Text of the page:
Sunday, December 7, 2008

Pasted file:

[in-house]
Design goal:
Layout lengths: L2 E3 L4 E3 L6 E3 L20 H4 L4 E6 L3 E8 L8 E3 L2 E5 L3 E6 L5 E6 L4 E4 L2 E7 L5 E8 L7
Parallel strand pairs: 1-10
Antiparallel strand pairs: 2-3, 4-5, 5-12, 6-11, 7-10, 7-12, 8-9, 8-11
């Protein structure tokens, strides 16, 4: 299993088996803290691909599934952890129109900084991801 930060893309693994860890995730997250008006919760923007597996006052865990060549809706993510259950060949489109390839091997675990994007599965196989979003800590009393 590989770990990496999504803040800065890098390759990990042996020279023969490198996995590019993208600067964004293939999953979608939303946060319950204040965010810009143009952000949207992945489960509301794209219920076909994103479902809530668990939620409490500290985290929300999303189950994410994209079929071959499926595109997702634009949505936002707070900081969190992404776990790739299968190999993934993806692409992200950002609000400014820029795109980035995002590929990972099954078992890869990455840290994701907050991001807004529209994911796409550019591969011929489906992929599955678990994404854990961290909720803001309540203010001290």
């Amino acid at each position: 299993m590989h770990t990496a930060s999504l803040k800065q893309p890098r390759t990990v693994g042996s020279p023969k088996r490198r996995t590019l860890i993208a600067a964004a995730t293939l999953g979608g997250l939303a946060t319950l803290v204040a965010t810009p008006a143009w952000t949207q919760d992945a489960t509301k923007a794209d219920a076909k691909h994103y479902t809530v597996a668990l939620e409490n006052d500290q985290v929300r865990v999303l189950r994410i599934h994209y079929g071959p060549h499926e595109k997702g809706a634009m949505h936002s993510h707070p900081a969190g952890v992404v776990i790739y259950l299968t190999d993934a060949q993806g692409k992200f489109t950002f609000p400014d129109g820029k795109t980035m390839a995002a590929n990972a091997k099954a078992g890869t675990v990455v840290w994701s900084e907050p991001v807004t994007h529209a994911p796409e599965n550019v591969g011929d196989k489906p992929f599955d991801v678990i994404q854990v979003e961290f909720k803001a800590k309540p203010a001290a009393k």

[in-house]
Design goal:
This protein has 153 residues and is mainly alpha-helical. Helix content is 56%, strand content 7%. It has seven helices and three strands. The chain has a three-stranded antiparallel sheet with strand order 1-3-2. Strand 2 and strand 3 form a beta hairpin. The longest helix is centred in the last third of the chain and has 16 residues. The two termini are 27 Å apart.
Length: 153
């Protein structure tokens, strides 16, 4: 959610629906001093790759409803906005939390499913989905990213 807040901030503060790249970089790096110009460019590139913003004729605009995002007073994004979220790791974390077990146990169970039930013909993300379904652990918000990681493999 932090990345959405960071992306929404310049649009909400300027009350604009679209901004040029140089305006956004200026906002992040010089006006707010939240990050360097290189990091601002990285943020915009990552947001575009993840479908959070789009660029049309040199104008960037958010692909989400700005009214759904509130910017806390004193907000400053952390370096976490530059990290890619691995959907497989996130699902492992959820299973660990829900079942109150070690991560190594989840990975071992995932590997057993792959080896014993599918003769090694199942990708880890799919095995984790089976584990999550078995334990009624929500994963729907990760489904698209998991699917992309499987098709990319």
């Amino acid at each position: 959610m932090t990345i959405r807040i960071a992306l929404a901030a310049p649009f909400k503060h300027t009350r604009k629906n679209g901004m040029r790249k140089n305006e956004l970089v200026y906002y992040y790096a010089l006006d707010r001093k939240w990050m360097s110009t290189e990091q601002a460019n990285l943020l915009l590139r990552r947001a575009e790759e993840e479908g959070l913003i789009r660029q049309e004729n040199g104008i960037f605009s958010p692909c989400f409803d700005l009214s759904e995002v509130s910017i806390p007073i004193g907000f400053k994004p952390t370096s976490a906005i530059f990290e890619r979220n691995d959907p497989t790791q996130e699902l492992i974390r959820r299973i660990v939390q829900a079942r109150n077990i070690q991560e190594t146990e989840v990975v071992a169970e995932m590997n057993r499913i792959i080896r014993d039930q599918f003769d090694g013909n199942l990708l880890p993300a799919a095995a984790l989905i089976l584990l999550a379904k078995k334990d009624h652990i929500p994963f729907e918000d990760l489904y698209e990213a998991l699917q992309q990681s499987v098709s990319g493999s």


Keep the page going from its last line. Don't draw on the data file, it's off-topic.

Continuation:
The Bench front page... President Bush has ordered National Guard units across the US to round up people of Japanese ancestry. It was 67 years ago today that the Japanese bombed the US naval base at Pearl Harbor, Hawaii (ha-VAH-ee). The bombing spurred the US to declare war on Japan. People of Italian and German ancestry will also be rounded up. President Bush signed Executive Order No. 9066 at 1:10 this morning (0610 GMT) in the Oval Office. The order gives military commanders, including those in the National Guard units, the authority to arrest and detain citizens who might pose a danger to the security of the United States. "Sixty seven years ago, that's less than a lifetime these days," said Mr. Bush, "and lots of those Japanese folks are still alive. Alive and bitter about what President Franklin Roosevelt did to them back then." The president added that it would be a mistake to assume that none of the Japanese who were interned during World War Two are not still enemies of the US. "To be on the safe side," said Mr. Bush, "we need to get them into camps as soon as possible, under lock and key. I also am ordering that Italtian-Americans and German-Americans be rounded up to." The order is effective immediately. "If rounding people up and putting them in prison camps for years without any due process was good enough for a Democrat like FDR," chuckled Mr. Bush, "it's good enough for a compassionate conservative like me." The text of Executive Order No. 9066 reads, in part: "Now, therefore, by virtue of the authority vested in me as President of the United States, and Commander in Chief of the Army and Navy, I hereby authorize and direct the Secretary of War, and the Military Commanders whom he may from time to time designate, whenever he or any designated Commander deems such action necessary or desirable, to prescribe military areas in such places and of such extent as he or the appropriate Military Commander may determine, from which any or all persons may be excluded, and with respect to which, the right of any person to enter, remain in, or leave shall be subject to whatever restrictions the Secretary of War or the appropriate Military Commander may impose in his discretion." Full text available here... RELATED: Pearl Harbor Raid, 7 December 1941 Ten of Japan's worst War Crimes Japanese War Atrocities - New York Times Report of Japanese Atrocities, Bataan Death March, Palawan Massacre CNN - North Korea brings Japan war atrocities into diplomatic row ... Western apathy to Japanese WWII atrocities Victims of Japanese atrocities in Nanking